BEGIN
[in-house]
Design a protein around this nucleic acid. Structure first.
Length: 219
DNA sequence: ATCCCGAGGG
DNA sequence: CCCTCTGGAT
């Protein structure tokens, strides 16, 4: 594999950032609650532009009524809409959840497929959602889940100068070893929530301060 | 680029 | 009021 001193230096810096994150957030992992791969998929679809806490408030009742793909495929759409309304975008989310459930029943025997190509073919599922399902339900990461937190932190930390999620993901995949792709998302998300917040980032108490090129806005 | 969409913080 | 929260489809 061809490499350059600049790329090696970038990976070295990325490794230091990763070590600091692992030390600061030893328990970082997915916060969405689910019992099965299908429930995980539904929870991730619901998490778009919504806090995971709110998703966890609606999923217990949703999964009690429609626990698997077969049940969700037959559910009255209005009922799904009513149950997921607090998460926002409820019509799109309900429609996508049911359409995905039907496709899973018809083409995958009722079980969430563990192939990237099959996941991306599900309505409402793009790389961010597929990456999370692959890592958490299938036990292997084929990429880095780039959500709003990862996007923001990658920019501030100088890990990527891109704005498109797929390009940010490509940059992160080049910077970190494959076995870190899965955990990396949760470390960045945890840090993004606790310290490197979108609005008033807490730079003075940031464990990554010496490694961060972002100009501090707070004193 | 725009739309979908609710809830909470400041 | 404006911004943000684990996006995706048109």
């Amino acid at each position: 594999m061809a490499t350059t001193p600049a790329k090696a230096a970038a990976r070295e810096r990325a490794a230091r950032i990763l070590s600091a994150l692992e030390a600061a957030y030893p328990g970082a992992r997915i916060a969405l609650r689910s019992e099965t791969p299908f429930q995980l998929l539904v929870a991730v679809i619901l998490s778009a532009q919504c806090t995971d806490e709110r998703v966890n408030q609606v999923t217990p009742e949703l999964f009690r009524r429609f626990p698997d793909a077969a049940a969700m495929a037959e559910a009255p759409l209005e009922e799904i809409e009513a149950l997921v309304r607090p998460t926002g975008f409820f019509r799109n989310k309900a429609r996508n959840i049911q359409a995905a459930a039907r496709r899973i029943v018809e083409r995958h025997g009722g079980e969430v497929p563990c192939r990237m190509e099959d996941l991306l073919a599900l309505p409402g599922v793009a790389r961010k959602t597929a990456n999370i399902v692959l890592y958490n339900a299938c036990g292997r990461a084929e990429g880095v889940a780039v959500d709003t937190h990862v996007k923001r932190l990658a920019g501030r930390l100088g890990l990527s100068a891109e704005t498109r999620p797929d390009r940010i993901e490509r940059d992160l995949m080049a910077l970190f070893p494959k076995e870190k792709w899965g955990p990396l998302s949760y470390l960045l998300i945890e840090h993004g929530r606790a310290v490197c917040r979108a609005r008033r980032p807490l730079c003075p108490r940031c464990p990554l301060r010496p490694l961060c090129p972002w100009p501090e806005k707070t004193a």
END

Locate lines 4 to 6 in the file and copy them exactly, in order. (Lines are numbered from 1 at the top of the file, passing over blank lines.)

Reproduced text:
DNA sequence: ATCCCGAGGG
DNA sequence: CCCTCTGGAT
């Protein structure tokens, strides 16, 4: 594999950032609650532009009524809409959840497929959602889940100068070893929530301060 | 680029 | 009021 001193230096810096994150957030992992791969998929679809806490408030009742793909495929759409309304975008989310459930029943025997190509073919599922399902339900990461937190932190930390999620993901995949792709998302998300917040980032108490090129806005 | 969409913080 | 929260489809 061809490499350059600049790329090696970038990976070295990325490794230091990763070590600091692992030390600061030893328990970082997915916060969405689910019992099965299908429930995980539904929870991730619901998490778009919504806090995971709110998703966890609606999923217990949703999964009690429609626990698997077969049940969700037959559910009255209005009922799904009513149950997921607090998460926002409820019509799109309900429609996508049911359409995905039907496709899973018809083409995958009722079980969430563990192939990237099959996941991306599900309505409402793009790389961010597929990456999370692959890592958490299938036990292997084929990429880095780039959500709003990862996007923001990658920019501030100088890990990527891109704005498109797929390009940010490509940059992160080049910077970190494959076995870190899965955990990396949760470390960045945890840090993004606790310290490197979108609005008033807490730079003075940031464990990554010496490694961060972002100009501090707070004193 | 725009739309979908609710809830909470400041 | 404006911004943000684990996006995706048109």